The combination of financial incompetence and rigid policies emphasizing state-led growth, seems hardly a prescription for success. Again, the very messy unwind of HNA is the result of deliberate government policy in Beijing. Just as the majority of US economists think inflation is not a problem, a majority of foreign analysts of China believe that the country’s growing dependence upon state run enterprises and party direction is somehow bullish for economic growth. The HNA example suggests otherwise.
Meanwhile in the US, chaos reigns supreme. The Congress is in a state of disarray after completing the second, unsuccessful trial of President Donald Trump. The city built upon a swamp is focused upon negotiations for economic rescue legislation, but is a rescue required? Outside Washington, an economic surge led by housing is building due to the latest round of monetary manipulation by the Federal Open Market Committee.
The US is in the midst of a bull market in residential real estate that easily rivals the mid-2000s. Not only are home prices currently rising at rates higher than in 2005, but the rate of increase is accelerating due to scarcity of existing homes in many markets. Suburban residential and commercial assets are in great demand, as evidenced by the migration of people and business out of urban centers such as New York City.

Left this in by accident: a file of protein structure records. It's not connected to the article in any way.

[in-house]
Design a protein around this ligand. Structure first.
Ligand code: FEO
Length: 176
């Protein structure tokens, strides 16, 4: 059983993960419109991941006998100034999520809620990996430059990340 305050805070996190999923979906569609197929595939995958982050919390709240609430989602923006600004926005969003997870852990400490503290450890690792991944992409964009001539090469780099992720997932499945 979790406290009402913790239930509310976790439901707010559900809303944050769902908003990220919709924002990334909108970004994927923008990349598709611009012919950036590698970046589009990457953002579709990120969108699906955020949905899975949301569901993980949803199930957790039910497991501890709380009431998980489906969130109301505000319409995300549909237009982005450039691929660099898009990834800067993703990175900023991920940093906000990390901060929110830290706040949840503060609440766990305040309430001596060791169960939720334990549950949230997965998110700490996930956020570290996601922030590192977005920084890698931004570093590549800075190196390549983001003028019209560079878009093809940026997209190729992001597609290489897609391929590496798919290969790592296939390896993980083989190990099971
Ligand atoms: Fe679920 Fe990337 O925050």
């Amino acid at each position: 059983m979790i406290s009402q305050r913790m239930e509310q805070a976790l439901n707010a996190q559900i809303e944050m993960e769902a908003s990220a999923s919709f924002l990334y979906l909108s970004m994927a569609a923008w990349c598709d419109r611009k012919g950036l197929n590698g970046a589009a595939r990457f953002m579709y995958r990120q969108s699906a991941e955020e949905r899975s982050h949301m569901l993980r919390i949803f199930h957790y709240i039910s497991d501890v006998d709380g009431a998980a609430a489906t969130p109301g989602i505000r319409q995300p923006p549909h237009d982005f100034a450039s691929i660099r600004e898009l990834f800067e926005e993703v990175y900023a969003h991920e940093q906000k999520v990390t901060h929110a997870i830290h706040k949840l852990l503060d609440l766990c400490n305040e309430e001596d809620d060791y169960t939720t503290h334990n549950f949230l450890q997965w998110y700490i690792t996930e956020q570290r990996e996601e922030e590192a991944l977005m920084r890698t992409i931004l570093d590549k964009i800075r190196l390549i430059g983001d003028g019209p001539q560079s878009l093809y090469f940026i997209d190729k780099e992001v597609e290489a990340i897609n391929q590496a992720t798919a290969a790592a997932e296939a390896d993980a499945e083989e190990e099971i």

In upscale destination markets around the country, more than a decade worth of inventory of pricey and thoroughly overbuilt vacation homes has been consumed in the past year. A wave of buyers fled urban areas such as San Francisco, Los Angeles and Chicago for the less crowded climes of Idaho, Colorado, Utah and Montana. None of these folks are waiting for $1,400 checks from Washington.
A torrent of smart and entitled money crashed upon these small markets and their residents, causing swings in property values that leave many real estate professionals agape. But aside from the benevolence of coastal cash liquefying often glacial mountain real estate markets, there is not a great deal of benefit here for the US economy. Just another ridiculous and entirely American style misallocation of resources and on a transcontinental scale.
When the great correction from the equally great monetary easing comes in 2025 or 2026, prices for homes, stocks and yes even TSLA and bitcoin are likely to suffer. The generic wave of demand for assets will subside and prices will begin to reflect some notion of fundamental value. Just remember that 2020 is likely to be the floor of the next market reset five years out. The price increases between now and then are, well, pure inflation.
And after the great correction, the dollar will still be the global means of exchange, but Americans will have lost a huge amount of purchasing power in the process. Inequality will be even worse and legions of Americans will be homeless and without work, trapped in costly urban ghettos where living expenses are astronomical. And all the while, the economists at the Federal Reserve Board and Treasury Secretary Yellen will tell us that inflation is too low.